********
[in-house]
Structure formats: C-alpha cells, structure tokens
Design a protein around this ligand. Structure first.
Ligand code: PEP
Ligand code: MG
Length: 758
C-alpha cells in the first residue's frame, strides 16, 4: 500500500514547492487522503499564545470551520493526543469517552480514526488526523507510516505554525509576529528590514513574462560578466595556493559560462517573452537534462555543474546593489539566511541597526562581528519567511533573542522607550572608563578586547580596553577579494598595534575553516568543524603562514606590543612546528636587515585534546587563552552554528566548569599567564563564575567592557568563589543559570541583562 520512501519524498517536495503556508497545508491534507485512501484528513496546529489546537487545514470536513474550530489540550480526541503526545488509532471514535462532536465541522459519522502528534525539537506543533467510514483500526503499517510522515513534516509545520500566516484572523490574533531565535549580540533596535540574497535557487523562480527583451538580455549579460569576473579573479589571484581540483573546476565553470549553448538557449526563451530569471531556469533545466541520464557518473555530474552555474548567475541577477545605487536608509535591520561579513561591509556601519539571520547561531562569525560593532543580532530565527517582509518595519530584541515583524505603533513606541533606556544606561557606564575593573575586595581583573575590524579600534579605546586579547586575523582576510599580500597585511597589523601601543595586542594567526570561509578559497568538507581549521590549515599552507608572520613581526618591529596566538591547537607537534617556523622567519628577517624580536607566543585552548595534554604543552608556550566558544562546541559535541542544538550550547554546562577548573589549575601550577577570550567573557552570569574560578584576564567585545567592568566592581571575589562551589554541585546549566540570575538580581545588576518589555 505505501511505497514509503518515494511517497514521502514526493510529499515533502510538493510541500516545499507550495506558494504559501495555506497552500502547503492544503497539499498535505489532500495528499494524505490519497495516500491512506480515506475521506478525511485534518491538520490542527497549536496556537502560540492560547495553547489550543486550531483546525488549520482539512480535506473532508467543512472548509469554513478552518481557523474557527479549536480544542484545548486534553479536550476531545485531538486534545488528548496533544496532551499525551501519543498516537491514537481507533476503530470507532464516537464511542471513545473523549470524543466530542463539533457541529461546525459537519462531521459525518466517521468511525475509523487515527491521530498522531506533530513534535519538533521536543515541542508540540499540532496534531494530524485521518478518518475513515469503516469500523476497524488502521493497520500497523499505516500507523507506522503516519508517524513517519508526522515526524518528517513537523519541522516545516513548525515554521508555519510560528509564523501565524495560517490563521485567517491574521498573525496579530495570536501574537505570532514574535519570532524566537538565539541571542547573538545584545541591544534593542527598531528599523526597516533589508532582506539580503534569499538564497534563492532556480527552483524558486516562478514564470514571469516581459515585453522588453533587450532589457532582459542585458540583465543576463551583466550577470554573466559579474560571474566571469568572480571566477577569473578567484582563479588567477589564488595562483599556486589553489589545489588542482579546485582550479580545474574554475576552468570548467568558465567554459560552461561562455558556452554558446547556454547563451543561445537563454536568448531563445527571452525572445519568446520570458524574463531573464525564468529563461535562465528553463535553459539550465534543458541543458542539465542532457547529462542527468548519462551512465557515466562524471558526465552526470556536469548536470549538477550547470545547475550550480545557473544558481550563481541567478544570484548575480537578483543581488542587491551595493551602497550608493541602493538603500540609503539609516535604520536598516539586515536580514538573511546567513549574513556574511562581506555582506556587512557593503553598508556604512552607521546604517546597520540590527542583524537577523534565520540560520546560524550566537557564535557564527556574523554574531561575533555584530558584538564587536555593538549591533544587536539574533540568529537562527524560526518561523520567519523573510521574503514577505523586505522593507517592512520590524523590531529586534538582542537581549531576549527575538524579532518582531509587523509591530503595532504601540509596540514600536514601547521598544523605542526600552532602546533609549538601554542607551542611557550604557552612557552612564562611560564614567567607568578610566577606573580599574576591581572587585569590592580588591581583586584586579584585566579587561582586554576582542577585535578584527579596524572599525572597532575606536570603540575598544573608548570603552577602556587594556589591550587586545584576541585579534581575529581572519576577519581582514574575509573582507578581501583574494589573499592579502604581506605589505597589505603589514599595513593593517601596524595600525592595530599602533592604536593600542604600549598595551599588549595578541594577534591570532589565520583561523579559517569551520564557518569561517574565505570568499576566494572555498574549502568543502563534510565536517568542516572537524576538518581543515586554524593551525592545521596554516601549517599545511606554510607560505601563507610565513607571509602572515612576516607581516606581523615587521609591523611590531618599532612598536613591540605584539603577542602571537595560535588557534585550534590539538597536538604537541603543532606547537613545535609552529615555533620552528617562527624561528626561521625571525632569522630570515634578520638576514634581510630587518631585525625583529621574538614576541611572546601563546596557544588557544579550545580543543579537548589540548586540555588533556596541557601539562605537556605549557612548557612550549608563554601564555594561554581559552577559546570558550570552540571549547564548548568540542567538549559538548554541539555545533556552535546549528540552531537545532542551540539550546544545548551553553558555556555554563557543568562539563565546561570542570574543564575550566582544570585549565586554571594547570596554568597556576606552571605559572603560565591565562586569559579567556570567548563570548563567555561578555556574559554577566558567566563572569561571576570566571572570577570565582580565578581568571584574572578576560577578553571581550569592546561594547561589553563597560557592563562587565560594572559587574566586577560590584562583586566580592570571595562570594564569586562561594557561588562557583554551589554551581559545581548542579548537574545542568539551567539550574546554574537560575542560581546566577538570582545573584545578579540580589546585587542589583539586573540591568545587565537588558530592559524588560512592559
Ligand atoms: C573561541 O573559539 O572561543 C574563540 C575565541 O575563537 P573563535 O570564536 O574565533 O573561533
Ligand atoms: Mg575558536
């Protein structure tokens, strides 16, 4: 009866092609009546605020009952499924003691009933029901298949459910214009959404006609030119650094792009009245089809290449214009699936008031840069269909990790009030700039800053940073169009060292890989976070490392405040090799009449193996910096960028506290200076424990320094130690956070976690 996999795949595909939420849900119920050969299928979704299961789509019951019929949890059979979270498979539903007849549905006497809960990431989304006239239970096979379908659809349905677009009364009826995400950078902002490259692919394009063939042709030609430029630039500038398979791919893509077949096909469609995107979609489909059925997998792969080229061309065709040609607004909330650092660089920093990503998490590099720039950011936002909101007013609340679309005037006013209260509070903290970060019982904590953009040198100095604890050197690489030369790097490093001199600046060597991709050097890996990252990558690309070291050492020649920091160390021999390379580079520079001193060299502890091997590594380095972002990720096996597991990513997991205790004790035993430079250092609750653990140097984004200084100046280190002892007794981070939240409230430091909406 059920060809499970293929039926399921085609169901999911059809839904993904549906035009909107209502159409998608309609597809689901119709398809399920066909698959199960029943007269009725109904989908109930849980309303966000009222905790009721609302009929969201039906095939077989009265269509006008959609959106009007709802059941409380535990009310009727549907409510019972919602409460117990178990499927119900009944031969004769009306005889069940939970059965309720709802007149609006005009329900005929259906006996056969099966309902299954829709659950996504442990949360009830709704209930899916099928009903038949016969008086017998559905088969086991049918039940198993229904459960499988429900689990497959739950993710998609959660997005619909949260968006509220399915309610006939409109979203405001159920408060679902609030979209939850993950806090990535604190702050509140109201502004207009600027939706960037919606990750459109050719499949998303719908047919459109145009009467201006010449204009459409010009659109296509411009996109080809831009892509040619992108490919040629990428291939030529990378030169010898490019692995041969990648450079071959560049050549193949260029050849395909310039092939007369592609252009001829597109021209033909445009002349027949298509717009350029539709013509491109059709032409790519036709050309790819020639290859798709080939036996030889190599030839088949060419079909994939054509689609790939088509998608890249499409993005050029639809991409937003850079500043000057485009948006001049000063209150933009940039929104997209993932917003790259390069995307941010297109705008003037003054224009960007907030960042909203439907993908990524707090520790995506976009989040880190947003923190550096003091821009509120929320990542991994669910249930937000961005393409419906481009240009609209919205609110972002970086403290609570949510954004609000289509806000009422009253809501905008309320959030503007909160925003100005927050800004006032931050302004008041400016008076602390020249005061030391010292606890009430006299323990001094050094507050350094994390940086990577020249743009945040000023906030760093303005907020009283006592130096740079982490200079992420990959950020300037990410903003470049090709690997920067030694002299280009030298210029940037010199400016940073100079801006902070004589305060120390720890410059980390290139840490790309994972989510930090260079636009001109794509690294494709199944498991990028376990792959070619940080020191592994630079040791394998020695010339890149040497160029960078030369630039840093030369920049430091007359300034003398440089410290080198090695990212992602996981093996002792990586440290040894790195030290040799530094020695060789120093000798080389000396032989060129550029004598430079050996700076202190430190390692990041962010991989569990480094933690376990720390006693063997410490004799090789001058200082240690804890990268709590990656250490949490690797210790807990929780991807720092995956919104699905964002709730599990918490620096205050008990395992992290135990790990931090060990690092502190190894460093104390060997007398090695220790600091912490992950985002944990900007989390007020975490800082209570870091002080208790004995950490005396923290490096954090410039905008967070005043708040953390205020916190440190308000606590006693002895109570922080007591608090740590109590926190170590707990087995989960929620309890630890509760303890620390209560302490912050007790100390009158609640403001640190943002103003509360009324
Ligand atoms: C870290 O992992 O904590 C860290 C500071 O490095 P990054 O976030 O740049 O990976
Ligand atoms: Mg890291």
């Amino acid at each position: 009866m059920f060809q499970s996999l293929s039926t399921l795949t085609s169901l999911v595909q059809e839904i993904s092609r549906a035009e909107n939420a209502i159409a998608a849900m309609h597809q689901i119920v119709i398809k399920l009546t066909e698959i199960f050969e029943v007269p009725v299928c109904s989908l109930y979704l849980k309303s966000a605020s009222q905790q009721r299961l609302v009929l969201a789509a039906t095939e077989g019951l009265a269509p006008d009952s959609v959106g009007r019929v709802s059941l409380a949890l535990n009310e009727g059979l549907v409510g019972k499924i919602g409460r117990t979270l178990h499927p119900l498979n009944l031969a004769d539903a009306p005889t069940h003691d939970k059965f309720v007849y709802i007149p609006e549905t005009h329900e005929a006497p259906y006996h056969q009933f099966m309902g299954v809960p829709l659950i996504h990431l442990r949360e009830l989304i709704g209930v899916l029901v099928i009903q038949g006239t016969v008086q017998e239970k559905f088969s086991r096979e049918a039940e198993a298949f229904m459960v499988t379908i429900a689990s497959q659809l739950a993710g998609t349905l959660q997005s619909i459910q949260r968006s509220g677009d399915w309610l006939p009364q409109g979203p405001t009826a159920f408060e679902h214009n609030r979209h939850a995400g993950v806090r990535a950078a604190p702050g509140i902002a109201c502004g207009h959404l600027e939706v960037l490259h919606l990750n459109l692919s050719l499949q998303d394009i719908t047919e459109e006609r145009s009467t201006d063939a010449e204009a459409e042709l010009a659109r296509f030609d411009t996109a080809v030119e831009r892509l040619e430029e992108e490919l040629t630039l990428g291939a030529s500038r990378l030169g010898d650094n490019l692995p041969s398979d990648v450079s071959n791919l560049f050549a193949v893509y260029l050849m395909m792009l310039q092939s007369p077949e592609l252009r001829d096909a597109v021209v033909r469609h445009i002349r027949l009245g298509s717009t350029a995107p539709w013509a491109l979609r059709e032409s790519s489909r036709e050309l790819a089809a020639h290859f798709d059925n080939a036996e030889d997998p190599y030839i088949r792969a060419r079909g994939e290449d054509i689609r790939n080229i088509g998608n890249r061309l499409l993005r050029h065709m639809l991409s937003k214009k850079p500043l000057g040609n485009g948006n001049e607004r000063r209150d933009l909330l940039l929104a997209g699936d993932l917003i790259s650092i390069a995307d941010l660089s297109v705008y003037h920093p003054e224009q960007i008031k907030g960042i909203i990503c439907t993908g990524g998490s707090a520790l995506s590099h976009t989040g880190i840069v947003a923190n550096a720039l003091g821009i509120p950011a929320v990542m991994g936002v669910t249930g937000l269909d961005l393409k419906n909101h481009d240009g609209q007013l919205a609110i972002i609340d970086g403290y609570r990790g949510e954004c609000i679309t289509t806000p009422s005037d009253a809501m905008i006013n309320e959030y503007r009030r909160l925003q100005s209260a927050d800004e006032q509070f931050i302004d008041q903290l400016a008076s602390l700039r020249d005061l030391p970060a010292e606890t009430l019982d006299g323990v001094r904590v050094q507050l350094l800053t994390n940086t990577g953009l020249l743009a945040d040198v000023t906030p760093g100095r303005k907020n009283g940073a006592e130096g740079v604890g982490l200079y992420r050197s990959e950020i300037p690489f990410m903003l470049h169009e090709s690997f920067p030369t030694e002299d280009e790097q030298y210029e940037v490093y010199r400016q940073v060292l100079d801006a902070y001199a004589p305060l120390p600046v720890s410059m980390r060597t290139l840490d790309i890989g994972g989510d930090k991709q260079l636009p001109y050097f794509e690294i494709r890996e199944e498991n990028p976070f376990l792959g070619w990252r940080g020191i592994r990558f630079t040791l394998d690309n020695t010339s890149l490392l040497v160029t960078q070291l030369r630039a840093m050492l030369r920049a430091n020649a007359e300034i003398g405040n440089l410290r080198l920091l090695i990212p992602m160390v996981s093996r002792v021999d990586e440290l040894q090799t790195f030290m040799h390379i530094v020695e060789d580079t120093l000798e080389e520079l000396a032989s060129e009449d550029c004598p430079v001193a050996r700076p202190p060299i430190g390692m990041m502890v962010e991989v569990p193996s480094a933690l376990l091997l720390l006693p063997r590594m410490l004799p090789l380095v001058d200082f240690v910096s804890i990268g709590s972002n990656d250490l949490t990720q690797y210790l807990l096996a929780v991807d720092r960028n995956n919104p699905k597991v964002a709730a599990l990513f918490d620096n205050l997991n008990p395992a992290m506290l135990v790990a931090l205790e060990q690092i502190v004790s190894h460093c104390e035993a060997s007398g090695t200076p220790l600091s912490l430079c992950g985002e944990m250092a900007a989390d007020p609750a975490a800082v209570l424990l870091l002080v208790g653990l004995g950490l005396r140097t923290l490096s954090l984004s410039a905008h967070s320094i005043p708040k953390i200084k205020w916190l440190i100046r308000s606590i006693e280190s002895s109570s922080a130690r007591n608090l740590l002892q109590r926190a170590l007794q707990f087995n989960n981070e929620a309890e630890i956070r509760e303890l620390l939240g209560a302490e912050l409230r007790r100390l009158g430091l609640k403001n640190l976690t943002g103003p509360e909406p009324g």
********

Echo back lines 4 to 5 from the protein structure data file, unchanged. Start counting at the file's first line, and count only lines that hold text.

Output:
Ligand code: PEP
Ligand code: MG